One critical step in making transparency policies effective is organization on the other side, because transparency policies that are effective oftentimes generate benefits for a much larger group of people — consumers or investors or even citizens in the case of government corruption — and the one key to effective transparency is for that much larger group of people to organize themselves to advocate for transparency policies.

Besides the political problem for transparency, there is the policy problem. The challenge is to create and design transparency policies that actually work for people and don’t just waste time or create a bunch of information that’s difficult to understand or make organizations go through the fairly expensive processes of collecting information that nobody then goes on to use. The policy challenge has to do with designing transparency policies so that they produce information that is actually highly valuable to people and that people can take action on. So the L.A. restaurant example is an effective transparency policy because the audience for that information — the people who go to restaurants — can do something with the A, B or C grade. They can go on to the next restaurant. So that’s really important — that there be an audience for the information and that that audience be able to act on the information in socially beneficial way.

Another challenge for policymakers is to design transparency policies in real time, in a dynamic way, because transparency policies always run the risk of being obsolete because times change, technologies change, and the issues that are important for transparency policies and information that is relevant today will no longer be as relevant tomorrow. Transparency policies need to be updated to reflect that obsolescence in real time. For instance, financial regulations that require a certain kind of disclosure at one point in time will face the challenge that new financial instruments and new techniques and practices come into play. Regulators of financial transparency need to recognize those changes and update the laws and regulations as the financial industry itself evolves and develops over time.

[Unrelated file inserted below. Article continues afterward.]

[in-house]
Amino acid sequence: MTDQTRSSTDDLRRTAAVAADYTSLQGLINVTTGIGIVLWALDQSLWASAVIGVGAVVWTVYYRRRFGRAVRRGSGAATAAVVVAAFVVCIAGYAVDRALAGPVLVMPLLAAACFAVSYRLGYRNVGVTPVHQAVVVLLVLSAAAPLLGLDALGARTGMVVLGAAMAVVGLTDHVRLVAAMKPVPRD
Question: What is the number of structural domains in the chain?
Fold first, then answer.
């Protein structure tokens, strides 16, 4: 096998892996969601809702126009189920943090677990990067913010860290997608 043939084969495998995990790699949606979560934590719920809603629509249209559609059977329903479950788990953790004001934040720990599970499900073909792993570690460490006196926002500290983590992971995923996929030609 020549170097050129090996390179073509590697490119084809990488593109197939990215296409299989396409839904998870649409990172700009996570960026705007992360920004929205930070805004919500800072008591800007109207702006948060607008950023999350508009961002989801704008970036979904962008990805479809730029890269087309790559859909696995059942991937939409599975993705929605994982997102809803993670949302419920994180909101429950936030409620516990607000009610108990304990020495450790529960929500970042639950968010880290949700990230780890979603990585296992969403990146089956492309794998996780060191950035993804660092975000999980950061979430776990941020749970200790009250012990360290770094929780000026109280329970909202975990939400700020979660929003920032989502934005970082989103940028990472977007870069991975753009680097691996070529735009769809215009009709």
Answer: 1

Q: Where the do the Assanges and Snowdens of this world – the people who force transparency in very controversial ways – fit into the picture?

Fung:The issue of national security poses great challenges for both advocates of transparency and privacy and those who are concerned about security. In the Transparency Policy Project, we haven’t looked directly at national security policies. However, as a scholar of democracy and as a citizen of a democracy, I think it’s important that however we strike the balance between transparency on the one hand and privacy and security on the other, that the principles governing the tradeoff between transparency and national security be made in a way that is democratic. The reasons behind those decisions need to be clear to people and a majority of the democratic public at large needs to understand and endorse the point at which the balance is being made between privacy and security.